Apple Computer should "think differently" about its lawsuits and subpoenas against three Mac Web sites or risk losing its reputation, according to veteran technology columnist Mike Langberg.
In an open letter to Apple CEO Steve Jobs, Mr. Langberg argued that by suing a 19-year old Harvard student and other small Web site operators, Apple risks losing its status as a "hip underdog" and "cool alternative to bigger and blander competitors such as Microsoft, Dell and Hewlett-Packard."
Mr. Langbergis open letter, which was published in Appleis home town San Jose Mercury News, is in reply to Apple suing or issuing subpoenas to PowerPage, Think Secret, and AppleInsider in order to force them to reveal their sources for leaked product information. This, he wrote, threatens to put Apple in the role of Goliath, instead of its usual David.
"Apple looks comfortable, even smug," he wrote, "by insisting online publishers such as the 19-year-old Harvard University freshman who runs Think Secret should face huge financial liabilities just because itis embarrassing for you to introduce new products at the big Macworld show after details have been revealed in advance online.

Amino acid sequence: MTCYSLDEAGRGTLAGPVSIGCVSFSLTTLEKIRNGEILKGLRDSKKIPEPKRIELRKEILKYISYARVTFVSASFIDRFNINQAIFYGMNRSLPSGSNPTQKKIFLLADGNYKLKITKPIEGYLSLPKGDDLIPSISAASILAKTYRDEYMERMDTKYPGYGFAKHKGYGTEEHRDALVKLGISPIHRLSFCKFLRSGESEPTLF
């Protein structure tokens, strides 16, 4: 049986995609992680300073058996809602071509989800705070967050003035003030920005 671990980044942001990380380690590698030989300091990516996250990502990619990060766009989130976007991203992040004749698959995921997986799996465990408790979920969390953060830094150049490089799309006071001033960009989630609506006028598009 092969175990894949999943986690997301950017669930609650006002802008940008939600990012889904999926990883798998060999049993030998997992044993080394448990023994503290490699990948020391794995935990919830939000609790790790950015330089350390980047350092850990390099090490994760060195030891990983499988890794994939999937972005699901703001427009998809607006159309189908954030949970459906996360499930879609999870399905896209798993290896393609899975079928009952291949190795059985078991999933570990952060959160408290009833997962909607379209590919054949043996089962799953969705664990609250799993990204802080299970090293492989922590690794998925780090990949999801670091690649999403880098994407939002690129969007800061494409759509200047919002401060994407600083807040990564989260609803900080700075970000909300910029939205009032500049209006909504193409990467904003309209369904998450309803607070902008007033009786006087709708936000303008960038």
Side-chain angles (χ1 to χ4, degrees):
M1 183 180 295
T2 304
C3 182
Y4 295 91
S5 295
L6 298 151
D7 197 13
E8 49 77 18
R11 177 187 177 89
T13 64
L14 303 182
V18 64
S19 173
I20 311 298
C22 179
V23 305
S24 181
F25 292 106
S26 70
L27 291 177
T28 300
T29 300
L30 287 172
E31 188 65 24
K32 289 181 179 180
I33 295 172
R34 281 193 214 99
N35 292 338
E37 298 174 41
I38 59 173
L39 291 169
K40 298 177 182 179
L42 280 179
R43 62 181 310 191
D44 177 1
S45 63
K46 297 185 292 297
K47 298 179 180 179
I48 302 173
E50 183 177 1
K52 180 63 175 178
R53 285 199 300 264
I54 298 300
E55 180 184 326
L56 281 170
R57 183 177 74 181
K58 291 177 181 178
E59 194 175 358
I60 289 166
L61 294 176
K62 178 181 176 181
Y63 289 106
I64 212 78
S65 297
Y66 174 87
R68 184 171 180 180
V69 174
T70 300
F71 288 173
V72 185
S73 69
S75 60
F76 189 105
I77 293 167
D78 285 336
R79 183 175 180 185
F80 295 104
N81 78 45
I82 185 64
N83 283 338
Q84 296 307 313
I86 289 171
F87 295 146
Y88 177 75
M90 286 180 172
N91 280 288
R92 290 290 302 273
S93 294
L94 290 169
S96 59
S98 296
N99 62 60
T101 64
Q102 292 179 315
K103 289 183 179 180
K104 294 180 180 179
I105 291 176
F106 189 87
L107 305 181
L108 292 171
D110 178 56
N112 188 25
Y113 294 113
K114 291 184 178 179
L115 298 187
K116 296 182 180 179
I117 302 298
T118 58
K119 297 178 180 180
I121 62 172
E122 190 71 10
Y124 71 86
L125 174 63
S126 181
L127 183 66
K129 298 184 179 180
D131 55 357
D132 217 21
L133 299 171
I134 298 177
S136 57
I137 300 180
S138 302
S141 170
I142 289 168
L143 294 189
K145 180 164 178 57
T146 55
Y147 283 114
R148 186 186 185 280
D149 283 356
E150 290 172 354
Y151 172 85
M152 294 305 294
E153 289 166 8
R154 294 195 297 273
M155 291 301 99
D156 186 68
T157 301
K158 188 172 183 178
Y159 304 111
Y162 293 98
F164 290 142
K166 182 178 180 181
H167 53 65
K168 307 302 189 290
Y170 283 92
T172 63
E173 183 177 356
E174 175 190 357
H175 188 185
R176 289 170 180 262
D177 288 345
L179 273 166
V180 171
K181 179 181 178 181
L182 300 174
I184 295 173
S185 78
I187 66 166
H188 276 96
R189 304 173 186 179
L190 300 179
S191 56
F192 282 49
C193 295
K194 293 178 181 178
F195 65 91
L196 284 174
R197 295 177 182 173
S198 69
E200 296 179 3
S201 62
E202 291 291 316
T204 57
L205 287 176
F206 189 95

"You donit want to look hypocritical. Youive grabbed the media spotlight with both hands, much to Appleis benefit, so you shouldnit suddenly complain the beam is too bright."
Mr. Langbergis editorial is one of several such pieces as of late criticizing Apple for its legal efforts against the three Web sites. The San Jose Mercury News also printed an editorial Thursday, in which it called Appleis anti-rumor lawsuits "misguided."